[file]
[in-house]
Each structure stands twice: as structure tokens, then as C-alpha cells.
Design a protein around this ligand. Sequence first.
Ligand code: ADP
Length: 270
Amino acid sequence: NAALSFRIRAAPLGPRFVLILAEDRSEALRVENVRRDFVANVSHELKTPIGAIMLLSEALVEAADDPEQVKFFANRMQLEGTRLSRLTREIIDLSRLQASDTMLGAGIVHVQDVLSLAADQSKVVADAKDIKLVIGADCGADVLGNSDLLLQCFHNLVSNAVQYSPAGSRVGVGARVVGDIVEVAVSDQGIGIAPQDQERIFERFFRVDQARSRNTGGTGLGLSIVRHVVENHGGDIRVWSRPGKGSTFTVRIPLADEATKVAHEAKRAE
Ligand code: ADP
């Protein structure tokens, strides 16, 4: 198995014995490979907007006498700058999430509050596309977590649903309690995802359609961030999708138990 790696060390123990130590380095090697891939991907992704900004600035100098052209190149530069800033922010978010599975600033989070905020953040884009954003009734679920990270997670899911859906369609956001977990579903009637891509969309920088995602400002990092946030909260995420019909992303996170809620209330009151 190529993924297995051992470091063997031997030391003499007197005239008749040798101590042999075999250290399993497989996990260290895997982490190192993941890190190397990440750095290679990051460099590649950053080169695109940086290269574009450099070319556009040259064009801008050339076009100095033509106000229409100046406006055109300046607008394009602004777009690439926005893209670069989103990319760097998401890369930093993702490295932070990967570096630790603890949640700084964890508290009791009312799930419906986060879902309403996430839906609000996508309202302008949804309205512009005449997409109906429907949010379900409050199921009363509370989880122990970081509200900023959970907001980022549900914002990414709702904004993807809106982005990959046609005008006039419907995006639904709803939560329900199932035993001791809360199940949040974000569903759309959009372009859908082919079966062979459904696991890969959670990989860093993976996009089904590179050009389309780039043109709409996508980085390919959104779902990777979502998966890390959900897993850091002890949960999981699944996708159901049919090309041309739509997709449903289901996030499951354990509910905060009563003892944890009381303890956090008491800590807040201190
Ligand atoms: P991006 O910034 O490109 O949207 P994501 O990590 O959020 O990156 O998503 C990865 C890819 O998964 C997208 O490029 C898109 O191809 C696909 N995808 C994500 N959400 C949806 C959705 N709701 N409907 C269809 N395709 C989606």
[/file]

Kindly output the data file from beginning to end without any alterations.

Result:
[in-house]
Each structure stands twice: as structure tokens, then as C-alpha cells.
Design a protein around this ligand. Sequence first.
Ligand code: ADP
Length: 270
Amino acid sequence: NAALSFRIRAAPLGPRFVLILAEDRSEALRVENVRRDFVANVSHELKTPIGAIMLLSEALVEAADDPEQVKFFANRMQLEGTRLSRLTREIIDLSRLQASDTMLGAGIVHVQDVLSLAADQSKVVADAKDIKLVIGADCGADVLGNSDLLLQCFHNLVSNAVQYSPAGSRVGVGARVVGDIVEVAVSDQGIGIAPQDQERIFERFFRVDQARSRNTGGTGLGLSIVRHVVENHGGDIRVWSRPGKGSTFTVRIPLADEATKVAHEAKRAE
Ligand code: ADP
């Protein structure tokens, strides 16, 4: 198995014995490979907007006498700058999430509050596309977590649903309690995802359609961030999708138990 790696060390123990130590380095090697891939991907992704900004600035100098052209190149530069800033922010978010599975600033989070905020953040884009954003009734679920990270997670899911859906369609956001977990579903009637891509969309920088995602400002990092946030909260995420019909992303996170809620209330009151 190529993924297995051992470091063997031997030391003499007197005239008749040798101590042999075999250290399993497989996990260290895997982490190192993941890190190397990440750095290679990051460099590649950053080169695109940086290269574009450099070319556009040259064009801008050339076009100095033509106000229409100046406006055109300046607008394009602004777009690439926005893209670069989103990319760097998401890369930093993702490295932070990967570096630790603890949640700084964890508290009791009312799930419906986060879902309403996430839906609000996508309202302008949804309205512009005449997409109906429907949010379900409050199921009363509370989880122990970081509200900023959970907001980022549900914002990414709702904004993807809106982005990959046609005008006039419907995006639904709803939560329900199932035993001791809360199940949040974000569903759309959009372009859908082919079966062979459904696991890969959670990989860093993976996009089904590179050009389309780039043109709409996508980085390919959104779902990777979502998966890390959900897993850091002890949960999981699944996708159901049919090309041309739509997709449903289901996030499951354990509910905060009563003892944890009381303890956090008491800590807040201190
Ligand atoms: P991006 O910034 O490109 O949207 P994501 O990590 O959020 O990156 O998503 C990865 C890819 O998964 C997208 O490029 C898109 O191809 C696909 N995808 C994500 N959400 C949806 C959705 N709701 N409907 C269809 N395709 C989606």